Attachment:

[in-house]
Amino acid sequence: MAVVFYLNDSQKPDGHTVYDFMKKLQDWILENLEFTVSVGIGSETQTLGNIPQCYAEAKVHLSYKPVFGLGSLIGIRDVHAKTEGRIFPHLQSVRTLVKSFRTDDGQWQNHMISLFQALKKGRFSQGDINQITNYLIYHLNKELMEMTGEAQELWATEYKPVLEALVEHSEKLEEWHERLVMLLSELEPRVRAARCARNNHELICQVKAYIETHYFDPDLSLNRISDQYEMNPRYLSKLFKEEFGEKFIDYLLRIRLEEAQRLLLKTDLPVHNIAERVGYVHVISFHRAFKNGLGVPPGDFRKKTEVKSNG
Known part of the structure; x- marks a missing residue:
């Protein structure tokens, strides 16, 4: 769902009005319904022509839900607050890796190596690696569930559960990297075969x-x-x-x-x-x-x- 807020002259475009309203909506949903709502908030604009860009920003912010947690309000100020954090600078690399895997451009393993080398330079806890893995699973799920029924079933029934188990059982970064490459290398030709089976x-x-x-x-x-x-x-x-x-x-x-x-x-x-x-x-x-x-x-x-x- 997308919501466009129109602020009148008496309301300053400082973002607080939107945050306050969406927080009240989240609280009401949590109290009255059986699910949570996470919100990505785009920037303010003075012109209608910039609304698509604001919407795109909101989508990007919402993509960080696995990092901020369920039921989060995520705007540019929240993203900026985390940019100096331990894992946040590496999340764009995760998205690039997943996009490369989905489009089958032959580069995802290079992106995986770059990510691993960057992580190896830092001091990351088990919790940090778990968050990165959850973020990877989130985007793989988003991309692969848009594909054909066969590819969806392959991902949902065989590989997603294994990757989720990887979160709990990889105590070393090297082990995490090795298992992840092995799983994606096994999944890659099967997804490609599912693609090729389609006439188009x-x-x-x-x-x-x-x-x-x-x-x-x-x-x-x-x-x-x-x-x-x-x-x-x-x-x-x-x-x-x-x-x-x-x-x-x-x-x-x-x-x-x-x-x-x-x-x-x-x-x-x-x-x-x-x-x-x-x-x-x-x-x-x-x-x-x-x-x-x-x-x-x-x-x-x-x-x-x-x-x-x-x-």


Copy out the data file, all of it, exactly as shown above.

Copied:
[in-house]
Amino acid sequence: MAVVFYLNDSQKPDGHTVYDFMKKLQDWILENLEFTVSVGIGSETQTLGNIPQCYAEAKVHLSYKPVFGLGSLIGIRDVHAKTEGRIFPHLQSVRTLVKSFRTDDGQWQNHMISLFQALKKGRFSQGDINQITNYLIYHLNKELMEMTGEAQELWATEYKPVLEALVEHSEKLEEWHERLVMLLSELEPRVRAARCARNNHELICQVKAYIETHYFDPDLSLNRISDQYEMNPRYLSKLFKEEFGEKFIDYLLRIRLEEAQRLLLKTDLPVHNIAERVGYVHVISFHRAFKNGLGVPPGDFRKKTEVKSNG
Known part of the structure; x- marks a missing residue:
């Protein structure tokens, strides 16, 4: 769902009005319904022509839900607050890796190596690696569930559960990297075969x-x-x-x-x-x-x- 807020002259475009309203909506949903709502908030604009860009920003912010947690309000100020954090600078690399895997451009393993080398330079806890893995699973799920029924079933029934188990059982970064490459290398030709089976x-x-x-x-x-x-x-x-x-x-x-x-x-x-x-x-x-x-x-x-x- 997308919501466009129109602020009148008496309301300053400082973002607080939107945050306050969406927080009240989240609280009401949590109290009255059986699910949570996470919100990505785009920037303010003075012109209608910039609304698509604001919407795109909101989508990007919402993509960080696995990092901020369920039921989060995520705007540019929240993203900026985390940019100096331990894992946040590496999340764009995760998205690039997943996009490369989905489009089958032959580069995802290079992106995986770059990510691993960057992580190896830092001091990351088990919790940090778990968050990165959850973020990877989130985007793989988003991309692969848009594909054909066969590819969806392959991902949902065989590989997603294994990757989720990887979160709990990889105590070393090297082990995490090795298992992840092995799983994606096994999944890659099967997804490609599912693609090729389609006439188009x-x-x-x-x-x-x-x-x-x-x-x-x-x-x-x-x-x-x-x-x-x-x-x-x-x-x-x-x-x-x-x-x-x-x-x-x-x-x-x-x-x-x-x-x-x-x-x-x-x-x-x-x-x-x-x-x-x-x-x-x-x-x-x-x-x-x-x-x-x-x-x-x-x-x-x-x-x-x-x-x-x-x-």